Continuity of Care and Health Outcomes Among Persons With Severe Mental Illness

Department of psychiatry, University of Calgary, 3330 Hospital Drive, N.W., Calgary, Alberta, Canada T2N 4N1.
Psychiatric Services (Impact Factor: 2.41). 10/2005; 56(9):1061-9. DOI: 10.1176/
Source: PubMed


Continuity of care is considered to be essential to the effective treatment of persons with severe mental illness, yet evidence to support the association between continuity and outcomes is sparse because of a lack of longitudinal studies and of comprehensive continuity measures. The purpose of this study was to examine the relationship between continuity of care and outcomes.
A new multilevel measure of service continuity, the Alberta Continuity of Services Scale for Mental Health (ACSS-MH), was used in a 17-month follow-up study of 486 adults with severe mental illness in three health regions of Alberta, Canada.
Endpoint information was obtained for 411 participants (85 percent). The mean continuity score reported by patients was 131+/-20 out of a possible 185. The mean continuity score as rated by observers was 39+/-10 out of a possible 59. Higher levels of observer-rated continuity were associated with older age, lower annual household income, a diagnosis of psychotic disorder, and no suicidality or alcohol use. Continuity was also significantly associated with a better quality of life at endpoint (generic and disease specific), better community functioning, lower severity of symptoms, and greater service satisfaction. The associations between continuity and quality of life held after adjustment for empirically identified confounders.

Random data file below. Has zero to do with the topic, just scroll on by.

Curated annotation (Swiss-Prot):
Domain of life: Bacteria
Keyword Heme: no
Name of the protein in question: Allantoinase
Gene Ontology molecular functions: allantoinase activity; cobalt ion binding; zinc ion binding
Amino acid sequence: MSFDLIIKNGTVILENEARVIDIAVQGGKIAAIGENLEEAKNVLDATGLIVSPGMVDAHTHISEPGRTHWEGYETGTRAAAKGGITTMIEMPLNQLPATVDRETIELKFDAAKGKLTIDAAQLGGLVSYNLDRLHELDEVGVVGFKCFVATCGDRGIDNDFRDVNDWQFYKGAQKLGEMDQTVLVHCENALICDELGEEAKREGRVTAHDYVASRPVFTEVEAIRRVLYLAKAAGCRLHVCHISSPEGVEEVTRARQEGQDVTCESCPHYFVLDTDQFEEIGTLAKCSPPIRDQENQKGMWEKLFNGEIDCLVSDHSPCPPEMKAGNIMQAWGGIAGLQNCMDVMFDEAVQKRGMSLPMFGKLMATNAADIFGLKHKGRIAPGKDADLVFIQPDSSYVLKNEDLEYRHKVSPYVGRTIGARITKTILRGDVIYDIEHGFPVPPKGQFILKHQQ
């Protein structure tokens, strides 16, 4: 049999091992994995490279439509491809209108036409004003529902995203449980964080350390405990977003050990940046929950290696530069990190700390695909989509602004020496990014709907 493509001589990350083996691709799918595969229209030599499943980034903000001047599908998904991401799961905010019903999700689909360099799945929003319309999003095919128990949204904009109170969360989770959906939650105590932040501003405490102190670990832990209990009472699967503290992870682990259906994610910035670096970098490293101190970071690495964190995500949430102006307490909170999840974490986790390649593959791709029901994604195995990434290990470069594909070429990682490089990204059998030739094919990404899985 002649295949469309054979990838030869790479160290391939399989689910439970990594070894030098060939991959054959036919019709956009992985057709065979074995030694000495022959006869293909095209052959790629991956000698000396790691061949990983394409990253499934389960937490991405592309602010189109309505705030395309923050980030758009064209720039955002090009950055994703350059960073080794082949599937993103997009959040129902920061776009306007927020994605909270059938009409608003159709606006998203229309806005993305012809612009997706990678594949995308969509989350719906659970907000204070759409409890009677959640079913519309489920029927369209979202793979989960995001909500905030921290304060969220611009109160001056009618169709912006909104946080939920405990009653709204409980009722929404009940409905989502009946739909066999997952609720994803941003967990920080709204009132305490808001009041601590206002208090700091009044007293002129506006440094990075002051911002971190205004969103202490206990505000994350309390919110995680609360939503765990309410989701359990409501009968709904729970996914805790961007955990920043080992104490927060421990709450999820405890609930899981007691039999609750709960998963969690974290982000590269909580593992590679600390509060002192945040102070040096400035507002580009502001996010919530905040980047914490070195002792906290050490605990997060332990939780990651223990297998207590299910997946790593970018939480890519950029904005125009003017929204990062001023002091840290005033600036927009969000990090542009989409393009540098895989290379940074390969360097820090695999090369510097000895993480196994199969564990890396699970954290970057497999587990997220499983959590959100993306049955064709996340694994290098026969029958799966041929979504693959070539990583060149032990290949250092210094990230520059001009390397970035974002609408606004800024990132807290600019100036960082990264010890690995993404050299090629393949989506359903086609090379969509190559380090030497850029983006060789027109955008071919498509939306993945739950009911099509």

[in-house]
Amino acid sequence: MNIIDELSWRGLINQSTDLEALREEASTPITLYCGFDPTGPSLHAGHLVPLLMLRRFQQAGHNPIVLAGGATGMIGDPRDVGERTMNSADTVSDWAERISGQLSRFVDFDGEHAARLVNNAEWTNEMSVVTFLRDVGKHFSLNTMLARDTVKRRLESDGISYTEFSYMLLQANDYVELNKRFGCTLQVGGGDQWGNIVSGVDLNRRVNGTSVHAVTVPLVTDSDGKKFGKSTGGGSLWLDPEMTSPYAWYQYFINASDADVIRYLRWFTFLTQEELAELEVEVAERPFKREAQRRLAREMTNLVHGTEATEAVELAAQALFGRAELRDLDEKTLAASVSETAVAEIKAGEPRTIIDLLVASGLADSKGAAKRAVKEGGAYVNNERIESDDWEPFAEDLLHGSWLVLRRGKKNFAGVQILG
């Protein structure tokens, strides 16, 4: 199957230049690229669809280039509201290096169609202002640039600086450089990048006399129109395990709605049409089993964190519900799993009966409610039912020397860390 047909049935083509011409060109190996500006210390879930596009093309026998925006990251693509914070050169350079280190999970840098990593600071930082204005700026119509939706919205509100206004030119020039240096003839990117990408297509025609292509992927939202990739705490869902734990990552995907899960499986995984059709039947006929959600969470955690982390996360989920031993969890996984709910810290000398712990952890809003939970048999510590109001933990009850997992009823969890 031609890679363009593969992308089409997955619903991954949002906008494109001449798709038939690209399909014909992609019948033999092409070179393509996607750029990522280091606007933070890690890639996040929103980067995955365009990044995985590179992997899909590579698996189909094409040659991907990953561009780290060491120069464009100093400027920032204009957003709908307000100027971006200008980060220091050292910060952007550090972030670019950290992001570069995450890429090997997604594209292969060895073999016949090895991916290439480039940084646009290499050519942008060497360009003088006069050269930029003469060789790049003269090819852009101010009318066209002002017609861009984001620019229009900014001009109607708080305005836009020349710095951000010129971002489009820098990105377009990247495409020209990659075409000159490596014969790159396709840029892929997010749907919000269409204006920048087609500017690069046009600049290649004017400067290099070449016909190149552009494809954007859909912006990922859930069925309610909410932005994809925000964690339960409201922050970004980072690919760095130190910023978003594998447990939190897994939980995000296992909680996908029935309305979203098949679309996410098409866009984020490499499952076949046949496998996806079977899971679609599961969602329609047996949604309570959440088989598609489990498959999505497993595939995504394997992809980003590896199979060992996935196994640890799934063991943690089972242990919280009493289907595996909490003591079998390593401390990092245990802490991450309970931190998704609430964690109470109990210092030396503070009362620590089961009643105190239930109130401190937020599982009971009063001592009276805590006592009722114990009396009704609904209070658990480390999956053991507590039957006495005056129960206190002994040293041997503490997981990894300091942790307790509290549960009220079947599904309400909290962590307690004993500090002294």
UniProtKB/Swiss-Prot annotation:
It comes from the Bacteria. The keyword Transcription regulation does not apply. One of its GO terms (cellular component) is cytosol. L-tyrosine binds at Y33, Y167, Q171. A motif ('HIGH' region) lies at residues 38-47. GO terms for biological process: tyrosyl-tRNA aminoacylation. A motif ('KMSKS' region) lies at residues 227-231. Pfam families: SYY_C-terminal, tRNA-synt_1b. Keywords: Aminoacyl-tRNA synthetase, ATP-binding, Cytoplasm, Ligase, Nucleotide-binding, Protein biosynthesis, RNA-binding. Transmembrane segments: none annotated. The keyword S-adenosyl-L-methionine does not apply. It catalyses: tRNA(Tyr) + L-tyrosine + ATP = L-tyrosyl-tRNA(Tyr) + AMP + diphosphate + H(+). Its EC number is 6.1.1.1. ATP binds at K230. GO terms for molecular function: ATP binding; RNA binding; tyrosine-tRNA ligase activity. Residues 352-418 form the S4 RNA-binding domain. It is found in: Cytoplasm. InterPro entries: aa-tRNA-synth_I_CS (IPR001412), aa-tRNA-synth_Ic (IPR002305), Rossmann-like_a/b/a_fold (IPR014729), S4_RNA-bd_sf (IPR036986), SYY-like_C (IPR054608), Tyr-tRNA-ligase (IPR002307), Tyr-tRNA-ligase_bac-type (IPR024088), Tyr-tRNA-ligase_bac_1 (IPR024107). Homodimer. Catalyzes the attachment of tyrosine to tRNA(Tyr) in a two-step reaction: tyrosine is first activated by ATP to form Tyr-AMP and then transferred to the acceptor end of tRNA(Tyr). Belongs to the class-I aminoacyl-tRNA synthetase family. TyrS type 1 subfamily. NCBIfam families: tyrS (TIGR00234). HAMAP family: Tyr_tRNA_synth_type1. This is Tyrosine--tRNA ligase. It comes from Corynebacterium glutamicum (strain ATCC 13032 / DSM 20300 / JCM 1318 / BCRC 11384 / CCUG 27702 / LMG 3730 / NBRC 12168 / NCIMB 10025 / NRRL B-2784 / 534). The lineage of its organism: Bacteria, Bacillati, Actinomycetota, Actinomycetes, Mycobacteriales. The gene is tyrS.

Positive relationships between continuity of care and health outcomes among persons with severe mental illness suggest that efforts at improving continuity in and among mental health services are worthwhile.

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Available from: Anthony Joyce, Oct 12, 2015
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    • "). However, mental health care continuity is crucial, having been linked to patient quality of life indicators such as physical and mental health, symptom severity, and satisfaction with care (Adair et al., 2005). "
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    Full-text · Article · Aug 2015
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    • "This suggests that one way to reduce high post-index costs and reduce the risk of readmission is to improve patients’ transition from an inpatient setting to an outpatient setting. It has been reported that better continuity of care among patients with severe mental illness was associated with reduced hospital costs, improved quality of life and functioning, and reduced severity of symptoms [45, 46]. Thus, tailored management and treatment strategies during the first 60 days after hospitalization may be of particular importance. "